As might be inferred from the differences they exhibit in other respects, clay rocks vary greatly in their chemical composition. Some of them contain much iron (yellow, blue and red clays); others contain abundant calcium carbonate (calcareous clays and marls). Pure clays, however, may be found almost quite free from these substances. Their silica ranges from about 60 to 45%, varying in accordance with the amount of quartz and alkali-felspar present. It is almost always more than would be the case if the rock consisted of kaolin mixed with muscovite. Alumina is high in the finer clays (18 to 30%), and they are the most aluminous of all sediments, except bauxite. Magnesia is never absent, though its amount may be less than 1%; it is usually contained in minerals of the chlorite group, but partly also in dolomite. The alkalis are very interesting; often they form 5 or 10% of the whole rock; they indicate abundance of white micas or of undecomposed particles of felspar. Some clays, however, such as fireclays, contain very little potash or soda, while they are rich in alumina; and it is a fair inference that hydrated aluminous silicates, such as kaolin, are well represented in these rocks. There are, in fact, a few clays which contain about 45% of alumina, that is to say, more than in pure kaolin. It is probable that these are related to bauxite and certain kinds of laterite.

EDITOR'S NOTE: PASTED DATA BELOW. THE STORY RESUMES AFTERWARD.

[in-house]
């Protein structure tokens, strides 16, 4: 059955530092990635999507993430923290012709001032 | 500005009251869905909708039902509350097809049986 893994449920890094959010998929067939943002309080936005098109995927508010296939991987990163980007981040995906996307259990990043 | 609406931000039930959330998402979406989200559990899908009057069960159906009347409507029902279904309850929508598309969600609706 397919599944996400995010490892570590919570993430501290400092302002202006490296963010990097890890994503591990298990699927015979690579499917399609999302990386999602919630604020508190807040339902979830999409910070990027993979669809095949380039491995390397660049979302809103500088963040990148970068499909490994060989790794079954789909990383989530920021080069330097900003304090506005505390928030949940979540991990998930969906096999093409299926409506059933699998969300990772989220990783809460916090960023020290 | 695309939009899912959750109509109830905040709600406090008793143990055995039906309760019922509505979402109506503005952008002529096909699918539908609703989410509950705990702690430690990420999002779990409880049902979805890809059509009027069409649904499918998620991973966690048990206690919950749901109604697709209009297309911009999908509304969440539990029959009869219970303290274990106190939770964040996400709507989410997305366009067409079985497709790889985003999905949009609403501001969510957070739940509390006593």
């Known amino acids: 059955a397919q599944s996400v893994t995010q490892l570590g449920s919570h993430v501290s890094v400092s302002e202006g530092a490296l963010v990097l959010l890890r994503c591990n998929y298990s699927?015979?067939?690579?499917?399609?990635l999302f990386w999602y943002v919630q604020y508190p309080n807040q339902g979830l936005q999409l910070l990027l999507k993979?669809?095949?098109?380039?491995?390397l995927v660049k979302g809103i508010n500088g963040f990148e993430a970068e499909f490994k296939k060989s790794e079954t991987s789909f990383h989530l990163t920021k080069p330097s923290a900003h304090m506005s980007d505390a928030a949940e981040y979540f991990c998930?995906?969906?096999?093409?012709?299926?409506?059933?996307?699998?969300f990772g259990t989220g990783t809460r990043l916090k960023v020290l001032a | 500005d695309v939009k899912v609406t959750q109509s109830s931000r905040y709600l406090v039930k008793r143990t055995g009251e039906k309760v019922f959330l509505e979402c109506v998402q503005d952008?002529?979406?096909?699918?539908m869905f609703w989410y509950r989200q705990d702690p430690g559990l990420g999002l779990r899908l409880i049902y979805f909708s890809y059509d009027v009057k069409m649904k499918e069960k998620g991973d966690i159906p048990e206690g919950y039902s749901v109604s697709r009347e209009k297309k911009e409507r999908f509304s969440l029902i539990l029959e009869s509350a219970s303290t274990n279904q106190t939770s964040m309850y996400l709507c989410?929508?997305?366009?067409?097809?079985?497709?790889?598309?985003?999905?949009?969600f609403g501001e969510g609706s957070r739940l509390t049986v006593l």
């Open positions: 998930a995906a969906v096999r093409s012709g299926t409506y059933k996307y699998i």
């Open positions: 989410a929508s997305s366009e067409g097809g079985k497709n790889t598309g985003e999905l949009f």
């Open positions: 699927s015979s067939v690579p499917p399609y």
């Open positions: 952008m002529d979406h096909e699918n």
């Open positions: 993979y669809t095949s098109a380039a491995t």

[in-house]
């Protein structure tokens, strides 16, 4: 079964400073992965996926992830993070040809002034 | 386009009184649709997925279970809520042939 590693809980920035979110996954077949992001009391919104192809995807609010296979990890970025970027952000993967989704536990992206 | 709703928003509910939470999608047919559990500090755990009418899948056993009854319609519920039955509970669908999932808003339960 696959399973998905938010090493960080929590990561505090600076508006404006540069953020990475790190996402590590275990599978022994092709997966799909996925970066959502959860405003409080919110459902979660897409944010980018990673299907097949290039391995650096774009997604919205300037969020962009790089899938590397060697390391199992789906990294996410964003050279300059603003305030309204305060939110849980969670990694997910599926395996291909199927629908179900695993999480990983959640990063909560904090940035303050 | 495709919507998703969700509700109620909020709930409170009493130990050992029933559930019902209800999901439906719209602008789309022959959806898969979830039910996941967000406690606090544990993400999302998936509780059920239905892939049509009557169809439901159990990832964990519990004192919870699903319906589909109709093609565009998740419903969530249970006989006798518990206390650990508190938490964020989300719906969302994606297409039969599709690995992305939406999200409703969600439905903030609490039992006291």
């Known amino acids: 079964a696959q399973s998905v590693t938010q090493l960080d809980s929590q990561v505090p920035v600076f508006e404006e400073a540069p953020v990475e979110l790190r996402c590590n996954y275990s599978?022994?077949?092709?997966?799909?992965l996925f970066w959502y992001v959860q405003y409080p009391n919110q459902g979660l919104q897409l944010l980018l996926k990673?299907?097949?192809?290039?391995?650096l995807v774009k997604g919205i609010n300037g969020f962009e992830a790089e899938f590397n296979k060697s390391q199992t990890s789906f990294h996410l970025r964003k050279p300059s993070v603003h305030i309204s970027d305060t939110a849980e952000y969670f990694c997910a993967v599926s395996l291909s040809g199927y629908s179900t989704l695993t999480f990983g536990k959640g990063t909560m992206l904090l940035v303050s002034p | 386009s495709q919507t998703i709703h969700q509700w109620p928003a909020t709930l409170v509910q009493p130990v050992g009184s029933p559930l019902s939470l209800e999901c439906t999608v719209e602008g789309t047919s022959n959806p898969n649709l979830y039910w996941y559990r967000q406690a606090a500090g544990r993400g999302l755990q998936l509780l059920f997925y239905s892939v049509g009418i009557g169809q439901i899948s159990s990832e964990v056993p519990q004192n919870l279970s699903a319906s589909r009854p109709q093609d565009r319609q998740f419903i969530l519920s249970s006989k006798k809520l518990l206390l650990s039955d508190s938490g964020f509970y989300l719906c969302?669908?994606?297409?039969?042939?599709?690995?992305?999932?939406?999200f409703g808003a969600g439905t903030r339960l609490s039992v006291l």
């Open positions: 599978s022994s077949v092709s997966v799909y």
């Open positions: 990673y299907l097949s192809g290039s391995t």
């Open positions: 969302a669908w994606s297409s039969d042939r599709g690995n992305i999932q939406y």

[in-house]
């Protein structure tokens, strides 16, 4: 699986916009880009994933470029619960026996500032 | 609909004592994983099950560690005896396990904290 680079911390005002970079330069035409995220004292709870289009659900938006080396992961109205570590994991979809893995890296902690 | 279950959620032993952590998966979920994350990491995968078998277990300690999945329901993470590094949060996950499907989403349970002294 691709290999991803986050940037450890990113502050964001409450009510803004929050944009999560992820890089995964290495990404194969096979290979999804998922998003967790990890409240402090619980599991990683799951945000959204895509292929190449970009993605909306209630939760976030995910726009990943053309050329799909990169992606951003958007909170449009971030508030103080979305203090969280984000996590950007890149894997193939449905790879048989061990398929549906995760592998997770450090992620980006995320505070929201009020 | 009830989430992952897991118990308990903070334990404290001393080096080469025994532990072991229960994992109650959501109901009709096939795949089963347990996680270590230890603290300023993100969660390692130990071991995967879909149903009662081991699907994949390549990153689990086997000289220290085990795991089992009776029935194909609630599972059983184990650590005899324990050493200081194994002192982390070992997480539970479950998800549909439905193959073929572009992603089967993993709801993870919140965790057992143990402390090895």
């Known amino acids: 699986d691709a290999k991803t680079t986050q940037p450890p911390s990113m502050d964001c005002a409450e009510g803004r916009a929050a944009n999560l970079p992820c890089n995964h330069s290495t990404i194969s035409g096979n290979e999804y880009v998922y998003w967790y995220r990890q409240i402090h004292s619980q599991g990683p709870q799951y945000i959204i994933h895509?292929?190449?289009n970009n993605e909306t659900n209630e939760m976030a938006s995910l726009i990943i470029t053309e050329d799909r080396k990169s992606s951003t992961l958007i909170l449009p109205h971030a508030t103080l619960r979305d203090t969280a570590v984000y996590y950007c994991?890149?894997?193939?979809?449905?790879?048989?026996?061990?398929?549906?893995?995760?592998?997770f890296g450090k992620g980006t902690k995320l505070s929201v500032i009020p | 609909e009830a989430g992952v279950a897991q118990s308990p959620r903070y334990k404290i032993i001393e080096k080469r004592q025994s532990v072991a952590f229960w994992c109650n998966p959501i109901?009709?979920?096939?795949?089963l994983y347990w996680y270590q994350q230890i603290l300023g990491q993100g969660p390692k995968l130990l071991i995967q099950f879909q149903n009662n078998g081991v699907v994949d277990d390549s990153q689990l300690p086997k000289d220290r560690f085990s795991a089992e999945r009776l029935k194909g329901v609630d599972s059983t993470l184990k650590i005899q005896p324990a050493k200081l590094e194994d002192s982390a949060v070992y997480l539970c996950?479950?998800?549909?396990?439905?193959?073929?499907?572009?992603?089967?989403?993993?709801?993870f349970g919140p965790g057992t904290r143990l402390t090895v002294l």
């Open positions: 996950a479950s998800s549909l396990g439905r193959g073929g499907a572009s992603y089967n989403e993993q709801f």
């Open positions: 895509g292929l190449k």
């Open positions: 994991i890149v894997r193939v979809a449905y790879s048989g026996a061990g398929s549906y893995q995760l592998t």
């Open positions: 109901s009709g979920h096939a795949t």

A few of the most important clay rocks, such as china-clay, brick-clay, red-clay and shale, may be briefly described here.
China-clay is white, friable and earthy. It occurs in regions of granite, porphyry and syenite, and usually occupies funnel-shaped cavities of no great superficial area, but of considerable depth. It consists of very fine scaly kaolin, larger, shining plates of white mica, grains of quartz and particles of semi-decomposed felspar, tourmaline, zircon and other minerals, which originally formed part of the granite. These clays are produced by the decomposition of the granite by acid vapours, which are discharged after the igneous rock has solidified (“fumarole or pneumatolytic action”). Fluorine and its compounds are often supposed to have been among the agencies which produce this change, but more probably carbonic acid played the principal role. The felspar decomposes into kaolin and quartz; its alkalis are for the most part set free and removed in solution, but are partly retained in the white mica which is constantly found in crude china-clays. Semi-decomposed varieties of the granite are known as china-stone. The kaolin may be washed away from its original site, and deposited in hollows or lakes to form beds of white clay, such as pipe-clay; in this case it is always more or less impure. Yellow and pinkish varieties of china-clay and pipe-clay contain a small quantity of oxide of iron. The best known localities for china-clay are Cornwall, Limoges (France), Saxony, Bohemia and China; it is found also in Pennsylvania, N. Carolina and elsewhere in the United States.